Monday, May 18, 2009

Intermission

Hello,

Emily and I had a lovely "24 hour vacation" on Maryland's Eastern Shore, including Ocean City. Ocean City is kind of Maryland's answer to Atlantic City, minus the gambling.

We visited several different eating places, including a "no shirt no shoes no service" pancake house in Ocean City. (No, I didn't see any pantsless would-be patrons testing the policy.)

Anyway, you know I'm not always big on banter with waitstaff. And at Annie's, the more formal atmosphere dictated a kind of restraint on the staff. Not so at this pancake house....

Waitress, leaning over to talk with family behind our booth: You know men are good for only one thing, right? (Laughter from their booth.)

To accentuate her point, she has her hand on my shoulder and applying noticeable pressure while she's saying this.

She turns to us. I widen my eyes to show surprise and a little consternation at what she just said.

Good morning. So, do you want a drink, or you want a moment to recover?

(Complete with heavy rural accent)

There are two kinds of people in the world: those who banter well on the spur of the moment no matter what the topic, and those whose impromptu repartee works best within a given range of topics. We Aspies tend to lean very strongly toward the latter, and I'm no exception.

I don't like curveballs - especially when breaking that word in two summarizes what they're about. Nor do I appreciate explicit probes into my emotional state from people I don't know from Adam.

As an Aspie, I have difficulty with on the spot sensitive stuff, because I have a hard time knowing the general rules (which differ from milieu to milieu), recognizing appropriate cues and predicting where each conversational turn might lead. So I restrict it to a very small circle of people. A large proportion of which - namely Emily - was with me at the time.

I put a damper on it - not exactly my toughest decision that day. My watch shows just before 12:30pm, so:

Good afternoon to you, ma'am. I'd just like some water without ice, and a straw, if you please.

She nods to me:

Good afternoon to you, too.

and then turns her charm on Emily. More honey than a beehive, and if darlin's were twenties she wouldn't need to work. Meanwhile, my metaphorical eye rolls just need a dab of cream cheese to be complete.

Emily asks for a coffee. (Emily:Coffee::I:Chocolate)

Then she goes to the ladies' room.

Waitress comes back with our drinks.

Now, you tell your young lady that this coffee is bottomless - all the refills she wants for free. And she can also take one out the door, no extra charge.

Thank you, ma'am. I'll certainly let her know.

Which of course I do when Emily gets back. We Aspies believe in faithfully transmitting knowledge unedited.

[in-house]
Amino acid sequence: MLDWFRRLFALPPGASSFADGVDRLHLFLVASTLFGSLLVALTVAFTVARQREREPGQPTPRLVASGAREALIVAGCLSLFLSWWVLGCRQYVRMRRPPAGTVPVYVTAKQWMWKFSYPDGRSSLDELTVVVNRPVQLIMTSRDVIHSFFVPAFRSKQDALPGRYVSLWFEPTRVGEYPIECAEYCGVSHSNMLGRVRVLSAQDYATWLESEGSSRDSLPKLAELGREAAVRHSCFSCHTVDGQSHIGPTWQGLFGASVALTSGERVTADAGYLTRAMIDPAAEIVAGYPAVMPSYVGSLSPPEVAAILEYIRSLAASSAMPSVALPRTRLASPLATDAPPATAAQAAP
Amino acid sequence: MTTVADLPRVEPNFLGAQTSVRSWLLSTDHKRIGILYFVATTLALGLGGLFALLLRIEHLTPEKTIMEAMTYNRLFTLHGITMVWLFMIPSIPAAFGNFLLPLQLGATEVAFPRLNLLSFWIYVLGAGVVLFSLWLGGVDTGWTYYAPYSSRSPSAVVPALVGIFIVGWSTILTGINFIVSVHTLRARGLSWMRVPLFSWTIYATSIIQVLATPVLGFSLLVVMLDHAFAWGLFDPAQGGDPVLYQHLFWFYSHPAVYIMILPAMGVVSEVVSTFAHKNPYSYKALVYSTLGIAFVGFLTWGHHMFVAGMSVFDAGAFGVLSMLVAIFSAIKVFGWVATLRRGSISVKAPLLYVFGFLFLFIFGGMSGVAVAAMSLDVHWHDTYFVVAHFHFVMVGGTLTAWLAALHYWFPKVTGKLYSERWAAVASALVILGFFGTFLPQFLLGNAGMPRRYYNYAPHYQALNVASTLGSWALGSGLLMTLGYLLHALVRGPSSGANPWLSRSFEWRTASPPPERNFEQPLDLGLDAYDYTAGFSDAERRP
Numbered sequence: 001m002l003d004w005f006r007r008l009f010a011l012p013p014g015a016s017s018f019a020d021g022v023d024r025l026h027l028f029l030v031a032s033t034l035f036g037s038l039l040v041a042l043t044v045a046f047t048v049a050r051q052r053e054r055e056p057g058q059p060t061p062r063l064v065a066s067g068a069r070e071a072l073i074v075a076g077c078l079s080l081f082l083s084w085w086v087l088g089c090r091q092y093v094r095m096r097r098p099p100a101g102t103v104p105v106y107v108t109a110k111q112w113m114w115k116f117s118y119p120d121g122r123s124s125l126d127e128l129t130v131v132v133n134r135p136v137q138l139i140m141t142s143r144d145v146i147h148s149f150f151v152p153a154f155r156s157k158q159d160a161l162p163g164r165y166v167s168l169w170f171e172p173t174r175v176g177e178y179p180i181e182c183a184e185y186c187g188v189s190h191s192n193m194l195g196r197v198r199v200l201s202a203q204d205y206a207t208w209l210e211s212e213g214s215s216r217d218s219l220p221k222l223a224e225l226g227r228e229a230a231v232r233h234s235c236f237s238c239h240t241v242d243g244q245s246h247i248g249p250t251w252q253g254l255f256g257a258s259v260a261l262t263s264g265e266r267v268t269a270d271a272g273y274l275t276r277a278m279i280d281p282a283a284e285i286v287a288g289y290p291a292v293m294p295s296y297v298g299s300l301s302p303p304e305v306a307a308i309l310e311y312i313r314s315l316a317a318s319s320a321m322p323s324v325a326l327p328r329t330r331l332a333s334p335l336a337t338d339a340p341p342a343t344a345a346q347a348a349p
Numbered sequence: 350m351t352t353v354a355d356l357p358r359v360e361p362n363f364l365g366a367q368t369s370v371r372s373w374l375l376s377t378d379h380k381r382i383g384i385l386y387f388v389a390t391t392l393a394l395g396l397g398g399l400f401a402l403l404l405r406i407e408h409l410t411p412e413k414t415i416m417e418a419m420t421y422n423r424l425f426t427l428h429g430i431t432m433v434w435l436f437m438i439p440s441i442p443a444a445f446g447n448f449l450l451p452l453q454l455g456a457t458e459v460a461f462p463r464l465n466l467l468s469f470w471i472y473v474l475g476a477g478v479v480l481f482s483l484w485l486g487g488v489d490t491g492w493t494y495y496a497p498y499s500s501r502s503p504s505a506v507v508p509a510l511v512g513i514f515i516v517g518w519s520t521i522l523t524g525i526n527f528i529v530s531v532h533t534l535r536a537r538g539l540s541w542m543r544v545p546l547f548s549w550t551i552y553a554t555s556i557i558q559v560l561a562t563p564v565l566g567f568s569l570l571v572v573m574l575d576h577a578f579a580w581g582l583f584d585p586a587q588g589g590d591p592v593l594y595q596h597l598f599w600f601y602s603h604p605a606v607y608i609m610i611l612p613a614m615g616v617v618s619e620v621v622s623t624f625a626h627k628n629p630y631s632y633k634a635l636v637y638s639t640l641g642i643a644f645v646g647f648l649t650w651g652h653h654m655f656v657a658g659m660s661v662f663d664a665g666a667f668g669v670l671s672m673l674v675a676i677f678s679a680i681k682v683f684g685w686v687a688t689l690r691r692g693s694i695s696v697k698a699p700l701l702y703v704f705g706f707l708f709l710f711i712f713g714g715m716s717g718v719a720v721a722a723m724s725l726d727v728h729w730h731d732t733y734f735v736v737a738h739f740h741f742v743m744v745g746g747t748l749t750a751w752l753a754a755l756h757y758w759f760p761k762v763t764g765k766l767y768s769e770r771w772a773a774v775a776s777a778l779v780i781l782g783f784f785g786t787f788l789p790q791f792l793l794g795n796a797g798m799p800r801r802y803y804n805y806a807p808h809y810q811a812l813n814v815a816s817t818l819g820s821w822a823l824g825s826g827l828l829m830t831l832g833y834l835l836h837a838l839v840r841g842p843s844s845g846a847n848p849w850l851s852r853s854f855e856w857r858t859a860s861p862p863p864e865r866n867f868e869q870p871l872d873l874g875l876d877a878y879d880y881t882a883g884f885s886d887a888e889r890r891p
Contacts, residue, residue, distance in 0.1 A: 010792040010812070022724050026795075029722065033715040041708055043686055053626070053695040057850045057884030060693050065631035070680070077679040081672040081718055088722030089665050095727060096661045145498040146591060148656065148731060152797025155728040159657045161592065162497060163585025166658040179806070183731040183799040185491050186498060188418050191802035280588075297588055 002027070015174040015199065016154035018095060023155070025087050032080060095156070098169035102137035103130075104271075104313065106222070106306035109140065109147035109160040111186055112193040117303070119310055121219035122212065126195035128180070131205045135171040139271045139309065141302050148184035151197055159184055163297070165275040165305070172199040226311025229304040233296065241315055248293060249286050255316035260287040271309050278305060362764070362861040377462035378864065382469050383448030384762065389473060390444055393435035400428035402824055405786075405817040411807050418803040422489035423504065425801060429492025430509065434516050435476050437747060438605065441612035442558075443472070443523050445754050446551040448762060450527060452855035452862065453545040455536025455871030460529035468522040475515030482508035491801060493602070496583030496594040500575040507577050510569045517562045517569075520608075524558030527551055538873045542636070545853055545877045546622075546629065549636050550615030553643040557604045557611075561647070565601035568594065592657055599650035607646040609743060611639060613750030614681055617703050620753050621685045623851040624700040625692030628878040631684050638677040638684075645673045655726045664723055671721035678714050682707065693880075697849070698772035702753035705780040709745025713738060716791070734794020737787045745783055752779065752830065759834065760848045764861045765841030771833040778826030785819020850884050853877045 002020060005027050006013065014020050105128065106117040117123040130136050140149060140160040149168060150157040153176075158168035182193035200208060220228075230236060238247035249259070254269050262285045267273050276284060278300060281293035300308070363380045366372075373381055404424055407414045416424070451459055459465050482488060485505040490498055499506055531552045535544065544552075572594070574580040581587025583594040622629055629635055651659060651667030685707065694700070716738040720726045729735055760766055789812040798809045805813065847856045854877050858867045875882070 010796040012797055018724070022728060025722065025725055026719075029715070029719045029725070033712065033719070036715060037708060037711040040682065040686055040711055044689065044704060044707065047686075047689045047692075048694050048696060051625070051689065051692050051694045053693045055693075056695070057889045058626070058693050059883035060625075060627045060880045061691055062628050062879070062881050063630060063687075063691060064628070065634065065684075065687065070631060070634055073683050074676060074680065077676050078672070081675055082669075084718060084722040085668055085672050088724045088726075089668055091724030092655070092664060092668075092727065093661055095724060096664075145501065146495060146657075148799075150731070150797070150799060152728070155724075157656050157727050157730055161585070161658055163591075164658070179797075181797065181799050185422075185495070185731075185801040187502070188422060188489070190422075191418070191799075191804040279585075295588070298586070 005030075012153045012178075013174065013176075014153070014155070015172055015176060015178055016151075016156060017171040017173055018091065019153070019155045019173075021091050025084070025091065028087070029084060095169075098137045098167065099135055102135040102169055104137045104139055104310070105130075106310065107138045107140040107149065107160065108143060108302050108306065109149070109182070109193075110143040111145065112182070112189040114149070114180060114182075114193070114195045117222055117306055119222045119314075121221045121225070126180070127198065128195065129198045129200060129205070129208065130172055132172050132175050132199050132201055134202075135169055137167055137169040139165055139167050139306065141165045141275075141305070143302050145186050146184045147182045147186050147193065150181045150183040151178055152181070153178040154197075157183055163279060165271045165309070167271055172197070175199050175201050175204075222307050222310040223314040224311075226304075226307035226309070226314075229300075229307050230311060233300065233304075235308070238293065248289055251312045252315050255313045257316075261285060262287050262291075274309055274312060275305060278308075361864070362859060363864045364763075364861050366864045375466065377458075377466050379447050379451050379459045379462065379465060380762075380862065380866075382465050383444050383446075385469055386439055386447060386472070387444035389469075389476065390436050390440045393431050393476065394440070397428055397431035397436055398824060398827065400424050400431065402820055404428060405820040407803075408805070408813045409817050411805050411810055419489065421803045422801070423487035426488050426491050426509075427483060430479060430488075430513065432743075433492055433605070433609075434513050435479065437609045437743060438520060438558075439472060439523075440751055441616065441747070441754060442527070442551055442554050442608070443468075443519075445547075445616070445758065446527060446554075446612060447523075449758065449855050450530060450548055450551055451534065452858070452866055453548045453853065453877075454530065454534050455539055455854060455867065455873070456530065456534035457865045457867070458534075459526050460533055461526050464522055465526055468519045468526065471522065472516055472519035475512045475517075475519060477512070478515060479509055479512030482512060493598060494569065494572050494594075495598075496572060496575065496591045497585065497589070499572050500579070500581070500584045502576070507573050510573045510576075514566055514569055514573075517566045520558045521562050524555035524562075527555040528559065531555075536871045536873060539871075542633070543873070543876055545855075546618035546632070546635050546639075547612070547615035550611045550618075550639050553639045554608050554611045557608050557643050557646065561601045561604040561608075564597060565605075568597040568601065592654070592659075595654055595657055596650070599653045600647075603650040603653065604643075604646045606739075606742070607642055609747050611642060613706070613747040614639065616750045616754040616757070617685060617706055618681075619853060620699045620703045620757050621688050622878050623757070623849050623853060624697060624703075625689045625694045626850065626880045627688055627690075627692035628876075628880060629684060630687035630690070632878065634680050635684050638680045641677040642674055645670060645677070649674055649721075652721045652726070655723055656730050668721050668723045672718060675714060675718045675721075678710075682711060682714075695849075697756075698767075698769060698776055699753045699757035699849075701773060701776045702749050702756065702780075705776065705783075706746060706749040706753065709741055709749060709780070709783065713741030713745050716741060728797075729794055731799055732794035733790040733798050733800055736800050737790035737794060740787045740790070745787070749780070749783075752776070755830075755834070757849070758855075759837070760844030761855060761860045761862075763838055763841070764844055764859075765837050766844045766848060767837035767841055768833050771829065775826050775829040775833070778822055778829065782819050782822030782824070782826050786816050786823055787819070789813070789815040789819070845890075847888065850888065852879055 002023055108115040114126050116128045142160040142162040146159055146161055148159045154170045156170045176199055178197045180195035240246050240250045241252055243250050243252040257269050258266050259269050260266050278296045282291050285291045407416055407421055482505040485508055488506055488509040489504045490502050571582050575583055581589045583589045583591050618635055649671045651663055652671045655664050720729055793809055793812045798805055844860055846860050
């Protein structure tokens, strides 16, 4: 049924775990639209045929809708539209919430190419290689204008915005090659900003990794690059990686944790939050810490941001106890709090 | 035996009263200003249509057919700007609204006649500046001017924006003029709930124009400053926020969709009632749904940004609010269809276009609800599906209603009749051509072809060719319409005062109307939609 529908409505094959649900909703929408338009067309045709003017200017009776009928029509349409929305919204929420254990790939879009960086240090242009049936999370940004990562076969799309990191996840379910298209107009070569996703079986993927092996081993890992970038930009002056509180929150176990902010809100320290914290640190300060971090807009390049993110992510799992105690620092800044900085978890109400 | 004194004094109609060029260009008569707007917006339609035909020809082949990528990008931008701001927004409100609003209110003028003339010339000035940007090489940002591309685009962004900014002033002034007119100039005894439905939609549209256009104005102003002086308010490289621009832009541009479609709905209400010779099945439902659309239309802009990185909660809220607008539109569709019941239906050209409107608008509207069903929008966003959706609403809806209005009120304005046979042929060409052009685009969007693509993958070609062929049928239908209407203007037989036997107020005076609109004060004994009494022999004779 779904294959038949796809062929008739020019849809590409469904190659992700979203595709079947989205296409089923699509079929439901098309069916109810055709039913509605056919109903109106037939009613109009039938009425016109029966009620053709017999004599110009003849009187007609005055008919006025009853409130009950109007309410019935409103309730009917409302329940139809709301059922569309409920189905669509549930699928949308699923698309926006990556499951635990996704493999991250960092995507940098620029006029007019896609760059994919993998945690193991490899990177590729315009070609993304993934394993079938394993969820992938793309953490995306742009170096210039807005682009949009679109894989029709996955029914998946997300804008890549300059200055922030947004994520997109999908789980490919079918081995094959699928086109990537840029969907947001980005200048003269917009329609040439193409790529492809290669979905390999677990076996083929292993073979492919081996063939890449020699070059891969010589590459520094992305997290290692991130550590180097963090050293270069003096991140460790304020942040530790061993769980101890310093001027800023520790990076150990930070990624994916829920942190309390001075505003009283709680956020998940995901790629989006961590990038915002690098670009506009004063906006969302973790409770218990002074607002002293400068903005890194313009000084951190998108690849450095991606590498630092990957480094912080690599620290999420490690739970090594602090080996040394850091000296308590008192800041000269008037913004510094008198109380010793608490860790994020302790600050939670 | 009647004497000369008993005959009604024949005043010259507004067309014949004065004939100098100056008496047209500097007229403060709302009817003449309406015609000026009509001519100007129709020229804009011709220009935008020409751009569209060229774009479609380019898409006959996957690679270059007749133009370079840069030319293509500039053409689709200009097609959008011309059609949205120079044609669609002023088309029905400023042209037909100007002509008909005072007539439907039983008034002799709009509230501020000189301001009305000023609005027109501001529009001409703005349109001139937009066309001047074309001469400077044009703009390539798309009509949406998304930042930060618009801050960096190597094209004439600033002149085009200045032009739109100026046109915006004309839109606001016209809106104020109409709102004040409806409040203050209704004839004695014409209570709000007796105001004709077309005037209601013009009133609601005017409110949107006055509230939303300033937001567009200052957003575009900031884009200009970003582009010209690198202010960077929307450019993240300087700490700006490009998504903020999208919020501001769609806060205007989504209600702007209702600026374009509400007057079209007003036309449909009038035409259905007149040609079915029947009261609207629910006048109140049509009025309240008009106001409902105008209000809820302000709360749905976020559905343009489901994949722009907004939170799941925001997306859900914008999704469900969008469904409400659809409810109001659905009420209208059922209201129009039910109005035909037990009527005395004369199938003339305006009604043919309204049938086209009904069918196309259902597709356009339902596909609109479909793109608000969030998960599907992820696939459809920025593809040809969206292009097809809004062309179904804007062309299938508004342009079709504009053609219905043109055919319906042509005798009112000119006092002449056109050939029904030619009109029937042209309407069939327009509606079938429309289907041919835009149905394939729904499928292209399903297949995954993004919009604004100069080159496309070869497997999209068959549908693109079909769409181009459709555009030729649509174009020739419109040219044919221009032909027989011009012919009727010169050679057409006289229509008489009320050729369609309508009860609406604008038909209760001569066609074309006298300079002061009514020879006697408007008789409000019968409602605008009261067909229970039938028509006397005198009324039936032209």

Just before taking our order, the waitress turns to Emily and explains that anytime she wants more coffee, she can have it for free, plus she can have one to go, all for not a penny more. Inwardly, I furrow my eyebrows: doesn't this sound a little bit like what I just said to someone, at someone else's explicit request?

Anyway, she's certainly a helpful waitress. After I ask whether a certain container holds blueberry syrup, she not only confirms that it does but also offers to bring out the strawberry syrup - which I gladly accept.

Afterwards, she brings out the check and hands it straight to me - winning me over further.

To Emily: And this is for your gentleman.

I say: Thank you, ma'am.

So she turns to me:

I always thought checks are a he-thing, not a we-thing. Ladies first, men paying. My daddy always told me: if it ain't broke, don't fix it.

On the one hand, I find her kind of conversation - not to mention direct and deliberate bodily contact - rather annoying.

On the other hand, I know how hard she's hustling to make a living.

If she's closer to Emily's age than to mine, I'm a monkey's uncle. If her tattoos are any indication, she hasn't led a soft life.

And waitressing (as distinct from waiter-ing), especially in "no shirt no shoes no service" places, is not kind to the no longer young.

What she lacks in charm between her bosom and her bottom, she has to make up between her larynx and her lips. And I'm sure much of her clientele are much more receptive than I to what she's dishing out - otherwise she'd change her tune. After all, it's her (and her children's?) food on the table at home that's at stake.

Not only do I inhabit an NT world 24/7, I happen to be among a very different set of people at the moment, who appreciate very different kinds of manners, from what Emily and I are accustomed to.

I go to the cashier and pay the check, plus a 20+% tip.

What do you think?

3 comments:

Mama Mara said...

I really think you're a gem, Jeff. The eye rolls with cream cheese sent me into a giggle fit from which I'm still recovering. As a banterer myself and good friend to several waitresses, I enjoy the back-and-forth of a sharp server, and that along with good food-bringin' is well worth the 20%-plus.

I do think it's criminal that we pay these hard-working folks this way, their financial compensation determined by the whims of their customers. Imagine a CEO being paid that way!

SavedAspie said...

ROTFL!

SavedAspie said...

Just to comment on what Mama Mara said, I bet if CEOs were treated that way, we'd have better, cheaper, products and much nicer customer service ;-)